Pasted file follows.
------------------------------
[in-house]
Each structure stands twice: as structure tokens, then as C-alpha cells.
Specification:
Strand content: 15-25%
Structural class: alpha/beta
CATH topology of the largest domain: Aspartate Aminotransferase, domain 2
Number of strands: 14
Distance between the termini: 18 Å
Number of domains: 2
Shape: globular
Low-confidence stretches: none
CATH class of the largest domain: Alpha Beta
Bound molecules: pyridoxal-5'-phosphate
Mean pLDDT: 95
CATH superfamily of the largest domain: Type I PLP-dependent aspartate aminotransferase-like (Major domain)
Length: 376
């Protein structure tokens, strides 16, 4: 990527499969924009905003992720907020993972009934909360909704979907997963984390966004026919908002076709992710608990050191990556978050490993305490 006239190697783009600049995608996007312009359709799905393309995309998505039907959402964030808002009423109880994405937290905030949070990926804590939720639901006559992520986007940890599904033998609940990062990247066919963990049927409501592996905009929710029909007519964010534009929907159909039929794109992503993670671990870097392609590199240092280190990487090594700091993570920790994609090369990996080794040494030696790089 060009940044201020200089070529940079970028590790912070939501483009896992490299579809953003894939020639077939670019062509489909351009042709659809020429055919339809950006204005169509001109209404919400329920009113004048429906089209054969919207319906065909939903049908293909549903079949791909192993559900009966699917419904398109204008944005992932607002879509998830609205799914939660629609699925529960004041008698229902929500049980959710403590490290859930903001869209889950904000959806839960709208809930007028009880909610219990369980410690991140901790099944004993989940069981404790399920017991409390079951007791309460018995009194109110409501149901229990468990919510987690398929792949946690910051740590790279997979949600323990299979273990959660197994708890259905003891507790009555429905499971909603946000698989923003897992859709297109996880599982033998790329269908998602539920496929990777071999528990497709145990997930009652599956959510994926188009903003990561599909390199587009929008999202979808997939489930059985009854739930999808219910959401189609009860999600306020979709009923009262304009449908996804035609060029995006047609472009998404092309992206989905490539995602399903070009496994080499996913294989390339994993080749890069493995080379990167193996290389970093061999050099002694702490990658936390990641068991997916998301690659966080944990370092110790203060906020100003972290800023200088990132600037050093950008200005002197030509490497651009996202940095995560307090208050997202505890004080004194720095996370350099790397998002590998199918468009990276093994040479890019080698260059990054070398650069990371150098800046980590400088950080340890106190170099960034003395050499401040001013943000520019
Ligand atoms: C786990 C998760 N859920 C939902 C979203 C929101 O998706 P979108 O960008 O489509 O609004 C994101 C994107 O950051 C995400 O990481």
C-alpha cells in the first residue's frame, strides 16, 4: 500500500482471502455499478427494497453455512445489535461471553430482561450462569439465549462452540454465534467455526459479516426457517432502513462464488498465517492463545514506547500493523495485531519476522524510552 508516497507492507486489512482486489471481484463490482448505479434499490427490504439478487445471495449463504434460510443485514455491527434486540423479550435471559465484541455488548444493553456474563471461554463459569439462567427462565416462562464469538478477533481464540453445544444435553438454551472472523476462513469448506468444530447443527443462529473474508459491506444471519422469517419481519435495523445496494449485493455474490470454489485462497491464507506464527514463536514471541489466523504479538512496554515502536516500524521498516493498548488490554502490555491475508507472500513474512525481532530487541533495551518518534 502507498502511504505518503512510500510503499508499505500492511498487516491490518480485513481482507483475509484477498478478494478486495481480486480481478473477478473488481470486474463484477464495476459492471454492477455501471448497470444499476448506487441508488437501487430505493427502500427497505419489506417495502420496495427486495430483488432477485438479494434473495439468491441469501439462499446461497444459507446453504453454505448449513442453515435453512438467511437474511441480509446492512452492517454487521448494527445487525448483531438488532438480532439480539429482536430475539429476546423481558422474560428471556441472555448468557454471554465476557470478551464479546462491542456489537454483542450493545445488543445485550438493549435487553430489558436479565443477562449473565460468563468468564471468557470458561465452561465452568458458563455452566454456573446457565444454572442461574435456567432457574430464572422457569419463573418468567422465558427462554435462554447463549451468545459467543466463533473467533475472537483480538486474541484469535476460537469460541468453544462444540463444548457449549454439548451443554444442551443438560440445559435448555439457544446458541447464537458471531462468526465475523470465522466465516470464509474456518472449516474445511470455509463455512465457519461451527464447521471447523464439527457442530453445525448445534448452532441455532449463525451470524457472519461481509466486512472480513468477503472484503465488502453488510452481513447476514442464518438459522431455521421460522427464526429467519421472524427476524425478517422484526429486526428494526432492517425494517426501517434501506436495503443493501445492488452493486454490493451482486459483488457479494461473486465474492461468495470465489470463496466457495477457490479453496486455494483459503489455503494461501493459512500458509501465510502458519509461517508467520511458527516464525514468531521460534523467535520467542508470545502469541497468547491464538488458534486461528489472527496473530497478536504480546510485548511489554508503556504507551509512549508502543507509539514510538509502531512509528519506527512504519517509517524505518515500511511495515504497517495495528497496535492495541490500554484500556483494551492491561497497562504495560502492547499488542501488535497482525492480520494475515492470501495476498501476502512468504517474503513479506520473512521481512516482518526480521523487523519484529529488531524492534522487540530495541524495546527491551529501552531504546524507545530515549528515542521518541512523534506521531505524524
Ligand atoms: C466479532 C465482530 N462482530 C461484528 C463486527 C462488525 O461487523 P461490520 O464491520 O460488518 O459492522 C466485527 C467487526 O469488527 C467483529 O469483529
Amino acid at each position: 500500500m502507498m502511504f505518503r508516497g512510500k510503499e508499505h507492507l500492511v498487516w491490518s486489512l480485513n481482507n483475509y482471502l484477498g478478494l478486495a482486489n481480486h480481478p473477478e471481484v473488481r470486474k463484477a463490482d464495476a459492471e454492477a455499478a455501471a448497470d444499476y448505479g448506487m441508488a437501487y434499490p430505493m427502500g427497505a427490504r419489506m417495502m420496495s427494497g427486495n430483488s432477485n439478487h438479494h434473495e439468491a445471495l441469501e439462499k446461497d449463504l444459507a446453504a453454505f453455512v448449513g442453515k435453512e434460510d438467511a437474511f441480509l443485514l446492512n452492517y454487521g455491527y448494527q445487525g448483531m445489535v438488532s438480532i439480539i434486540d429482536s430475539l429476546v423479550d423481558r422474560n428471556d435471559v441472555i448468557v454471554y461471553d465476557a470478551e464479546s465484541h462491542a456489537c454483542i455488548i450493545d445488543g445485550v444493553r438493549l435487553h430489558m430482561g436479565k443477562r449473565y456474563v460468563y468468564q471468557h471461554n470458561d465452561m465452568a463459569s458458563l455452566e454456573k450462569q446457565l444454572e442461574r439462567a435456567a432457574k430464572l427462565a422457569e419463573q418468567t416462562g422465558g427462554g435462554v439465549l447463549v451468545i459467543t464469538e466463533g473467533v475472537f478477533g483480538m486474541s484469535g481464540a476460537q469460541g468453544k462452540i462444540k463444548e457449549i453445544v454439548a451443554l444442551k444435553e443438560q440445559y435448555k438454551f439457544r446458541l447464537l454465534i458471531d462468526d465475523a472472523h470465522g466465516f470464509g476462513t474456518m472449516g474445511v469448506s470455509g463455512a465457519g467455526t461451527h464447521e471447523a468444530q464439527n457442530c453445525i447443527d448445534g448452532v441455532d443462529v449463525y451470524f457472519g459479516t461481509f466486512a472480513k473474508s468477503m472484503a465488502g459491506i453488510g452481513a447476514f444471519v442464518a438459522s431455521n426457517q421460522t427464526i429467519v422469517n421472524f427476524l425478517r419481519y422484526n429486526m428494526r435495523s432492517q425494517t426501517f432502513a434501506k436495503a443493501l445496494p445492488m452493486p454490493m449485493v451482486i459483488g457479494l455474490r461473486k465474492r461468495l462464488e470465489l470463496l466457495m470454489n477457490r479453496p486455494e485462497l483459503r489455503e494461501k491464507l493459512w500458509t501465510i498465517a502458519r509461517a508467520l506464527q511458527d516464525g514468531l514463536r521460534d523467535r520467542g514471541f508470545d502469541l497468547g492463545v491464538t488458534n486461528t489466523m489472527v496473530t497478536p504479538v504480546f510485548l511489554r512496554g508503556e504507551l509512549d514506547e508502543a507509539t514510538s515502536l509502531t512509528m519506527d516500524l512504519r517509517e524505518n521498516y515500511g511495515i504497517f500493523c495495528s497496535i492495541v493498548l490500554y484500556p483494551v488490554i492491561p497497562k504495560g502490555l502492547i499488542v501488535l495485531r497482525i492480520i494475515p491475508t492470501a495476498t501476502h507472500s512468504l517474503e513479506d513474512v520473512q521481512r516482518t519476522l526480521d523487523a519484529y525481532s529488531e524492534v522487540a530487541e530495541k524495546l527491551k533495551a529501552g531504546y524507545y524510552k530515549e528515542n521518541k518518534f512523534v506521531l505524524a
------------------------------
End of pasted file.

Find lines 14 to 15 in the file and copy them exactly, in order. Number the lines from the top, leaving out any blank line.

Mean pLDDT: 95
CATH superfamily of the largest domain: Type I PLP-dependent aspartate aminotransferase-like (Major domain)